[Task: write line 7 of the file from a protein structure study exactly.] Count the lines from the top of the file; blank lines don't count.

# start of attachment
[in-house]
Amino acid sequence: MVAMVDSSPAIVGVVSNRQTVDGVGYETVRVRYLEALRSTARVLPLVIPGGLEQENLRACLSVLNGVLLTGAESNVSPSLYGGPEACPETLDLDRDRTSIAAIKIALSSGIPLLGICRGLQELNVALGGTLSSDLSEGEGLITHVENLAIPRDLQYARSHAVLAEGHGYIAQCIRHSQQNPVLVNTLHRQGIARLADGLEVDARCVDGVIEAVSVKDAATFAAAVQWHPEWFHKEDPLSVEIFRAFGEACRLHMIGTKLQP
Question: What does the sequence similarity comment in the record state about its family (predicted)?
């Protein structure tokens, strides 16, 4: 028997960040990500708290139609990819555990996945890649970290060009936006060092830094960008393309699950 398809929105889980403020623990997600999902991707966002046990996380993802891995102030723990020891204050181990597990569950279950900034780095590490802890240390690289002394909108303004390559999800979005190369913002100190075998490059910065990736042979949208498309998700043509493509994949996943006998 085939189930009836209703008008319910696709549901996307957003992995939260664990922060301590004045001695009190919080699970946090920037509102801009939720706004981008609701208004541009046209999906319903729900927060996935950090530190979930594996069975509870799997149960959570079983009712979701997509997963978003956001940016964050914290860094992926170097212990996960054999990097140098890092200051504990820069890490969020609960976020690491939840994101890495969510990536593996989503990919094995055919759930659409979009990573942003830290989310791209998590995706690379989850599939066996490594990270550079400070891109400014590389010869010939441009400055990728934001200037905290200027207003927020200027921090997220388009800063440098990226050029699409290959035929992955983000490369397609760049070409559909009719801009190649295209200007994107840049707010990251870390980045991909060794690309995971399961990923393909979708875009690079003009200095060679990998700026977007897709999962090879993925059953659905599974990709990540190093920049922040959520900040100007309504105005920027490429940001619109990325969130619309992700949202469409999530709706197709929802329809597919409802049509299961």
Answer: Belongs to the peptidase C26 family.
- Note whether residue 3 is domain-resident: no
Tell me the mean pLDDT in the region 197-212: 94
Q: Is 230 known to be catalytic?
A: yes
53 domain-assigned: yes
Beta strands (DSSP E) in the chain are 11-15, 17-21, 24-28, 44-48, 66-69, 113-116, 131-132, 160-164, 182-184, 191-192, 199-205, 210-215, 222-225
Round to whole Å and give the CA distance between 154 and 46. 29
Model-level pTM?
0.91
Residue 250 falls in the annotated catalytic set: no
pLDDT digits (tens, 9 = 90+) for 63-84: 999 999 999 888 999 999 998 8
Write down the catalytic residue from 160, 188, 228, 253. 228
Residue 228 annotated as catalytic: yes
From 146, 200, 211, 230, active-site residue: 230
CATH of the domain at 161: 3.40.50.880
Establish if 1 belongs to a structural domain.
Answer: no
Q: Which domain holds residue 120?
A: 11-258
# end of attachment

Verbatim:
Tell me the mean pLDDT in the region 197-212: 94